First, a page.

Life LinesHealth news you can use | Vol. 26 No. 3 | Mar-Apr 2016
IS SITTING THE NEW SMOKING?
Our bodies are made to move, but in today’s high-tech society, we have become accustomed to bending over our computer keyboards in a “C” formation. Studies have shown that sitting in this position for a long time can increase risk for a number of health issues, including decreased lung capacity, decreased inhalation, heart disease, obesity, diabetes, cancer, and early death. In fact, those who sit for more than 6 hours per day have a 17–34 percent higher risk of premature death than those who only sit for 3 hours per day. The best solution for those who have desk jobs is to increase the amount of breaks you take, set up your desk so you can sit straighter, and overall, just try to move as much as possible throughout your day. “The Silicon Valley Addiction: Is Sitting the New Smoking?” www.huffingtonpost.com, October 24, 2016.
PHYSICAL ACTIVITY AND DIABETES
New studies are showing the importance of physical activity in reducing the risk of developing Type 2 diabetes, as well as helping to manage the disease for those who already have it. The first study found a 26 percent risk reduction for developing Type 2 diabetes among those who achieved 150 minutes per week of moderate physical activity. Researchers concluded that more exercise is better, and there was no clear point where physical activity no longer was a benefit. A second study also discovered that moderate exercise was especially beneficial when performed within 5 to 10 minutes after a meal. This also resulted in significantly lower blood glucose levels. “The importance of the amount of physical activity on the risk of developing Type 2 Diabetes,” sciencedaily.com, October 21, 2016.
PLAIN WATER ALWAYS THE BEST
Researchers who looked at the eating and drinking habits of more than 18,000 adults found that those who drank the most plain water also had the least total caloric intake, and ate less fat, sugar, salt, and cholesterol. The study showed that increasing water consumption by one to three cups per day can lower one’s caloric intake by 68 to 205 calories per day. In conclusion, something as simple as drinking more plain water could help those who are interested in losing weight or simply improving their overall health. “The Big Benefits of Plain Water,” health.harvard.edu, May 26, 2016.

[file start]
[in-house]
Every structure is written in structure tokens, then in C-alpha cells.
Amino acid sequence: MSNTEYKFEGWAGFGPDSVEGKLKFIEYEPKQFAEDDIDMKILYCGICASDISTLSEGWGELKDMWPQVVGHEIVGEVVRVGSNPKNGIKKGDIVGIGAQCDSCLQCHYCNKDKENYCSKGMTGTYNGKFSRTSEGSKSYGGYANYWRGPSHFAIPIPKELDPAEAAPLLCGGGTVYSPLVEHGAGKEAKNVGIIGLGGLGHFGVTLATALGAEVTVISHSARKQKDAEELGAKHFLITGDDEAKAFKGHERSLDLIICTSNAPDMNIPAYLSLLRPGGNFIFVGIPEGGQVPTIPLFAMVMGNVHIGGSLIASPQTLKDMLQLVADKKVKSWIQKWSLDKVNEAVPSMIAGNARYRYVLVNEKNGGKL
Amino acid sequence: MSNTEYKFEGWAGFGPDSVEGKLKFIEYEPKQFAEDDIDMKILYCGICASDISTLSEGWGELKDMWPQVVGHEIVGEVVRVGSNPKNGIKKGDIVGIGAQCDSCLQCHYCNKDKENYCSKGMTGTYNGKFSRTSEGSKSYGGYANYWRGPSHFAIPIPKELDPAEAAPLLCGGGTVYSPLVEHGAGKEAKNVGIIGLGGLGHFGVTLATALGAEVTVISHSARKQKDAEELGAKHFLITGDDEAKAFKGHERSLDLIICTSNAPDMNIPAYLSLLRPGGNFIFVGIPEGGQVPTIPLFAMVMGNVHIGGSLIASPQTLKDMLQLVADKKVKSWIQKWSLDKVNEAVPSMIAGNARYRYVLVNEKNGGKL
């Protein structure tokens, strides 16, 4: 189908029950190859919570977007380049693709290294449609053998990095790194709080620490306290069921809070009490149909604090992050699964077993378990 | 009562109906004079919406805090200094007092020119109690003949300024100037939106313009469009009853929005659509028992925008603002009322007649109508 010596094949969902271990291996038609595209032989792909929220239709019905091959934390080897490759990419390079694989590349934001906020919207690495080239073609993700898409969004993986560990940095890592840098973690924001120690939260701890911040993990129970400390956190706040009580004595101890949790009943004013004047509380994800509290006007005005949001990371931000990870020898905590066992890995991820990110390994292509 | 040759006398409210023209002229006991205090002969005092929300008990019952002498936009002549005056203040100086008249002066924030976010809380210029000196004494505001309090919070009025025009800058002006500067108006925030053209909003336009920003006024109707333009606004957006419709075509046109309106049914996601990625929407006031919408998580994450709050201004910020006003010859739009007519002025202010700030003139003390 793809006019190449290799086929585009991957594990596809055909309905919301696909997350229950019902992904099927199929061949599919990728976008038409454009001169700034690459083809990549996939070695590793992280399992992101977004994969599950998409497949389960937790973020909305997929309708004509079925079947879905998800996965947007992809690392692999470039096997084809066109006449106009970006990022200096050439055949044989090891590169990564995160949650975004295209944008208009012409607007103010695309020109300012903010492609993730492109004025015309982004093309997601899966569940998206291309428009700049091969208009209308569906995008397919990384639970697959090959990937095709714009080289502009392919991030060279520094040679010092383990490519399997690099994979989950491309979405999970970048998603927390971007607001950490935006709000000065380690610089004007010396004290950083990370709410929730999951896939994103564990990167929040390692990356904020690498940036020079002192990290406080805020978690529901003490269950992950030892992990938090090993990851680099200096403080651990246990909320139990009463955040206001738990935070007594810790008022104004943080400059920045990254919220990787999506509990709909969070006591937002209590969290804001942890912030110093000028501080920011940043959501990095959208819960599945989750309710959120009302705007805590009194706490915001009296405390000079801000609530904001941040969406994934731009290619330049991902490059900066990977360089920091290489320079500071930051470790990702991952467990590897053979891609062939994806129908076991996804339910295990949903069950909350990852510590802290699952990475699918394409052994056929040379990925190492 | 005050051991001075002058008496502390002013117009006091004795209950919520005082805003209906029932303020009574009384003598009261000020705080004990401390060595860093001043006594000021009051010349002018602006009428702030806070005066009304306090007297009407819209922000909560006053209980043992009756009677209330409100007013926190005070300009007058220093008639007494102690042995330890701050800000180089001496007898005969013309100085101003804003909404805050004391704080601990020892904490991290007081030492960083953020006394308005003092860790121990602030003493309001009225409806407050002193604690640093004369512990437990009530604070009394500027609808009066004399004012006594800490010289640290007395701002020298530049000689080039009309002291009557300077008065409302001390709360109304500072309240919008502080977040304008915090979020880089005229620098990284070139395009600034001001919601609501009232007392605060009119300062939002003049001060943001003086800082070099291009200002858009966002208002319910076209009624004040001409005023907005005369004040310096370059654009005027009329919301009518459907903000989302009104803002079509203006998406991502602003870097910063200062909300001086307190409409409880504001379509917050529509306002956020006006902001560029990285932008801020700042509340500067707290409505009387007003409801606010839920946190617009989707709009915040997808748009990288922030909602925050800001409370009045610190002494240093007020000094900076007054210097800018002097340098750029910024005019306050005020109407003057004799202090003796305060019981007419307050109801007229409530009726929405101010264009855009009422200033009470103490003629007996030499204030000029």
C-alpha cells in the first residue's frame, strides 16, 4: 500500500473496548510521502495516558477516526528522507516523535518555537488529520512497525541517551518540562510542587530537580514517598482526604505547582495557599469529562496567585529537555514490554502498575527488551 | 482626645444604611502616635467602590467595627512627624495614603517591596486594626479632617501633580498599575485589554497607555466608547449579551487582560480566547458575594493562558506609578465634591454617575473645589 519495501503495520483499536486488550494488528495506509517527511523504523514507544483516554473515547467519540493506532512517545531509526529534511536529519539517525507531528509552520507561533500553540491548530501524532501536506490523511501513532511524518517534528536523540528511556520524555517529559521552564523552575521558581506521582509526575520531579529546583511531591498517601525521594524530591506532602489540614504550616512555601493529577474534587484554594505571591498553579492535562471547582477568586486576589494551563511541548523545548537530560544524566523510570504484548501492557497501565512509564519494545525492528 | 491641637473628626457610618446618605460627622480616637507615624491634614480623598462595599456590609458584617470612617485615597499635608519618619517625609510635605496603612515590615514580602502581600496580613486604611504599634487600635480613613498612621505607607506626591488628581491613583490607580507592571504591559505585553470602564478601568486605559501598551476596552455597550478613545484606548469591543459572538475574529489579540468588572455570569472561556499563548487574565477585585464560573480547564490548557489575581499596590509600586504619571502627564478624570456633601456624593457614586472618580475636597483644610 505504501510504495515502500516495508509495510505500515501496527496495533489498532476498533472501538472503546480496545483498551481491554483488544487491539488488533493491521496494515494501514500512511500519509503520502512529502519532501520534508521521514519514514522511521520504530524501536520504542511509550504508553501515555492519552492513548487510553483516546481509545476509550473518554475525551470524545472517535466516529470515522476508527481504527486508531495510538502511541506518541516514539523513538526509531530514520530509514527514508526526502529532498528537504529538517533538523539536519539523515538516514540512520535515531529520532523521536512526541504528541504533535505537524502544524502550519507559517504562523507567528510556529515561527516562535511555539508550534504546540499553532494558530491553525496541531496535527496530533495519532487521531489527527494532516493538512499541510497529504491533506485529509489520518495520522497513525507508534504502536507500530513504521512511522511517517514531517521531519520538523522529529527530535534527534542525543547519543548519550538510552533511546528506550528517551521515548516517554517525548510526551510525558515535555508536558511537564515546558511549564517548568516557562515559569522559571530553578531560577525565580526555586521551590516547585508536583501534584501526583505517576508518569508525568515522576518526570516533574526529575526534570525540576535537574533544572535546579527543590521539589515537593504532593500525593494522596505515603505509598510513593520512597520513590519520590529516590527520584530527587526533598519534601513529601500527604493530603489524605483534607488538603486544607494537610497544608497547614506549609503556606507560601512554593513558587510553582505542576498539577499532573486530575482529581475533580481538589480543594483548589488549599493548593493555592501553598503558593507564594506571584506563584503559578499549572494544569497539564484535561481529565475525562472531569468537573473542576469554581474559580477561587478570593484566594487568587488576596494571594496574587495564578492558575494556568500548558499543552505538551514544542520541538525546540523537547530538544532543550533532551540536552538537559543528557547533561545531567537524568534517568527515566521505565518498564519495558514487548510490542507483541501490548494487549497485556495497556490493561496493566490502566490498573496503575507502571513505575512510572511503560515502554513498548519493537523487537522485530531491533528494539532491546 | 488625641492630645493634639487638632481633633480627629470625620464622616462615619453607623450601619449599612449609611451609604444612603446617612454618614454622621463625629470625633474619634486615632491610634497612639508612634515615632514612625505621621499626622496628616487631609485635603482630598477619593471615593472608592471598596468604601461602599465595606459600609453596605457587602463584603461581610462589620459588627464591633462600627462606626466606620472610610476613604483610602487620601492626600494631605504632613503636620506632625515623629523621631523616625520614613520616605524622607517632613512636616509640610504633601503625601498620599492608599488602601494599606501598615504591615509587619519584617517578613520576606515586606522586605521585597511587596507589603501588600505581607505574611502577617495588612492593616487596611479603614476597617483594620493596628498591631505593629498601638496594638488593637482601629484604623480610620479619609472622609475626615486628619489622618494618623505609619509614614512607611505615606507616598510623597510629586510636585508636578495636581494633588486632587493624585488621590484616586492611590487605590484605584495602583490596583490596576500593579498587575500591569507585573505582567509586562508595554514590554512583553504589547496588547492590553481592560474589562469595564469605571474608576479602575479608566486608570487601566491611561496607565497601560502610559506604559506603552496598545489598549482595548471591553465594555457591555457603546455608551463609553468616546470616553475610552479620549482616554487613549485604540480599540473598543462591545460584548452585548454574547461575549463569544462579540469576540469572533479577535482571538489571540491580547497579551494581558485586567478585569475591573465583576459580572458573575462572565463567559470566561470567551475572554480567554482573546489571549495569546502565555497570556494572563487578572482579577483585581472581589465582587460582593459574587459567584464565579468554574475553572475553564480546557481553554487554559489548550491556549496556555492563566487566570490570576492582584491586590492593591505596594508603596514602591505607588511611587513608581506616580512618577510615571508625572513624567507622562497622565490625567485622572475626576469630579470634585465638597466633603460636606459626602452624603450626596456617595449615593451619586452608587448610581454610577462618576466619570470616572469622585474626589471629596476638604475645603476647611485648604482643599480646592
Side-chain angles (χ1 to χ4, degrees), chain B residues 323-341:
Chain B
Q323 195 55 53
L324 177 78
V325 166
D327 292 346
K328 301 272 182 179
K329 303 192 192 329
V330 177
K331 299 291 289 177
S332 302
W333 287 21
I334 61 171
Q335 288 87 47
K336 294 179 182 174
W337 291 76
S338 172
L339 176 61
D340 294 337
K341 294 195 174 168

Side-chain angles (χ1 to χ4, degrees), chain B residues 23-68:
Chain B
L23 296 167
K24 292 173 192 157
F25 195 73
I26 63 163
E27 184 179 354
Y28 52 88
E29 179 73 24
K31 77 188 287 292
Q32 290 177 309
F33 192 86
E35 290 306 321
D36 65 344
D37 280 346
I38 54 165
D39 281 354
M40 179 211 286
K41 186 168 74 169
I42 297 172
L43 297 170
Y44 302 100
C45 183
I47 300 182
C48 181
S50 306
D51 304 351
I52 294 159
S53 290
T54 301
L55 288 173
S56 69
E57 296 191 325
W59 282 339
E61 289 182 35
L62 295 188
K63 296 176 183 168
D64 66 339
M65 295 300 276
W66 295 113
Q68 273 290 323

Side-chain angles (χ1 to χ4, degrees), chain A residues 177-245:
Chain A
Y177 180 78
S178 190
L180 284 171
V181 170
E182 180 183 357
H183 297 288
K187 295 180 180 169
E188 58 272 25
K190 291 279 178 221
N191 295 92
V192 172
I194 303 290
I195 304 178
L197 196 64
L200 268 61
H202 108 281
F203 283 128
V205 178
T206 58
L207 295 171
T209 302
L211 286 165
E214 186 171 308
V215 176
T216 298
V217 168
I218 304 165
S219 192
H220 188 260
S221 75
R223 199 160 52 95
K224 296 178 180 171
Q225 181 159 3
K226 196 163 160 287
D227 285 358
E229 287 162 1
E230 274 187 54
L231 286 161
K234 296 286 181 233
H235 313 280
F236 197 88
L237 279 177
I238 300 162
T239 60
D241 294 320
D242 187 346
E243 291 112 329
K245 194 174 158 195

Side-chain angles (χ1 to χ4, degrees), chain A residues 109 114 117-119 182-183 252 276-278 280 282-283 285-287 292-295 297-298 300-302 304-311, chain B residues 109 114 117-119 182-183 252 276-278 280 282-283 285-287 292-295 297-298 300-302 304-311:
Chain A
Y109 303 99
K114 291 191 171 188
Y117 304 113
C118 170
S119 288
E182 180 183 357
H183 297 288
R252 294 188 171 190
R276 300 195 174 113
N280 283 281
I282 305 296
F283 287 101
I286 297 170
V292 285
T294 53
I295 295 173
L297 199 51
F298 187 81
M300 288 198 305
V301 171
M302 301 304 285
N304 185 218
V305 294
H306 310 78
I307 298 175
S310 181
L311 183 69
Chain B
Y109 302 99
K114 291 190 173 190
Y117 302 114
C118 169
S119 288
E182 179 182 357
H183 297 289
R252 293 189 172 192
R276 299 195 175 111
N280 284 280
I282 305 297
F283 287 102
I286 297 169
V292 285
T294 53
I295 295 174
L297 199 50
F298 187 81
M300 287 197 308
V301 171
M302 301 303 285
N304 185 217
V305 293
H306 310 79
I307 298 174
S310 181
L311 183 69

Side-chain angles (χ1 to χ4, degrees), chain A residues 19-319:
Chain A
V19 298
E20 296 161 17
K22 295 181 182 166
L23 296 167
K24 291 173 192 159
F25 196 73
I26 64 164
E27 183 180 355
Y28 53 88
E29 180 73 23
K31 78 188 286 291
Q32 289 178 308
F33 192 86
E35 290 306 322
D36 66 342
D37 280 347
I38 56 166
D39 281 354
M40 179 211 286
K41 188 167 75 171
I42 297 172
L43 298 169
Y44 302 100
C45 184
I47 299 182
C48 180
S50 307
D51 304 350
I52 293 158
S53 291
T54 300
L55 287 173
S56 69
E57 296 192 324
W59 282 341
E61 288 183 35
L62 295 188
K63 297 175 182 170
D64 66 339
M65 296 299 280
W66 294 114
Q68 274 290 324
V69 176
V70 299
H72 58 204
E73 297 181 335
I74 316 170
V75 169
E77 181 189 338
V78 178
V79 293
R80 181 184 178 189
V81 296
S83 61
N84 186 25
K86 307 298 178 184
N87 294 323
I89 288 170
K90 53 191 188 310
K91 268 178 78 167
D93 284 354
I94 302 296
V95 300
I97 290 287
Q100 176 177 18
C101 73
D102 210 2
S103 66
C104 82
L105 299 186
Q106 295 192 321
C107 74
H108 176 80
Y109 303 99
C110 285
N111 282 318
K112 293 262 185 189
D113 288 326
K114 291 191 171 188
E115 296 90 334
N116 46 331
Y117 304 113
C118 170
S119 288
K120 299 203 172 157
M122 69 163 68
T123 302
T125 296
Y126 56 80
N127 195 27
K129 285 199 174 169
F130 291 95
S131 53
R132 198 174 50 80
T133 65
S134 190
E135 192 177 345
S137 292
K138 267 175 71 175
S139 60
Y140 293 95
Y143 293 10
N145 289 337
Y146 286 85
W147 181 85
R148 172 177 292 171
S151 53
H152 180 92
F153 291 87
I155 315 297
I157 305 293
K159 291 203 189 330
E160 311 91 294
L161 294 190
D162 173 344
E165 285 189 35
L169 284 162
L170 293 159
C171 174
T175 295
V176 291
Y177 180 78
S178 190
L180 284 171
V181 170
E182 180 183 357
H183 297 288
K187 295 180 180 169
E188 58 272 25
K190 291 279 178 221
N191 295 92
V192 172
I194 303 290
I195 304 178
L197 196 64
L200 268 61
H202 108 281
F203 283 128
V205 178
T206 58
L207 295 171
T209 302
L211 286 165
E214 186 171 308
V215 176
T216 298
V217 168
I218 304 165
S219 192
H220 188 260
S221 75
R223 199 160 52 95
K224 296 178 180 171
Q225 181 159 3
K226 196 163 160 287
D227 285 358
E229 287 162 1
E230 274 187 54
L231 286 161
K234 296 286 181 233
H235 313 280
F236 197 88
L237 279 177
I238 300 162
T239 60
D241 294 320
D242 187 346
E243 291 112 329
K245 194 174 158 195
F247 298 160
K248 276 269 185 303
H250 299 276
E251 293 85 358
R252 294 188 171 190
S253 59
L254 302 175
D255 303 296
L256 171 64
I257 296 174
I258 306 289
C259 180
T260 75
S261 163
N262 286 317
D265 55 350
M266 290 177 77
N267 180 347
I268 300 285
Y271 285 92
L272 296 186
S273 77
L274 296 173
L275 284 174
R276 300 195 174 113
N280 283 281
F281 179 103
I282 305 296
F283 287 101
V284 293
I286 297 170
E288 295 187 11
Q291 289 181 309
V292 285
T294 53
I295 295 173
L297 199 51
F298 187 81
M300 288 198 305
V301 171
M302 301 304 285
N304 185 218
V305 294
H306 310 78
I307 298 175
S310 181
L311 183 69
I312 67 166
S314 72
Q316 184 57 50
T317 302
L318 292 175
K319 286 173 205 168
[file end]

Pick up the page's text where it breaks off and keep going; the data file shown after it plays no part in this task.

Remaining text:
DOES COUNTING CALORIES REALLY WORK?
Research done in the 1960s concluded that cholesterol and fat were the main contributors to weight gain due to the number of calories they contain. While it is true that fat has more calories than carbohydrates, doctors are now saying that it is the type of calorie consumed that matters the most. They recommend foods with a low glycemic index, such as whole grains, fruits, nuts, and legumes, because they cause blood sugar levels and, subsequently, insulin levels to rise gradually. Foods with a high glycemic index—candy, croissants, and scones, for example—result in insulin rising too quickly, causing the body to resist the insulin (Type 2 diabetes). By staying with low-glycemic foods, you can lose more weight, feel satisfied longer, and remain healthy. “There’s no sugar-coating it: All calories are not created equal,” health.harvard.edu, November 4, 2016.
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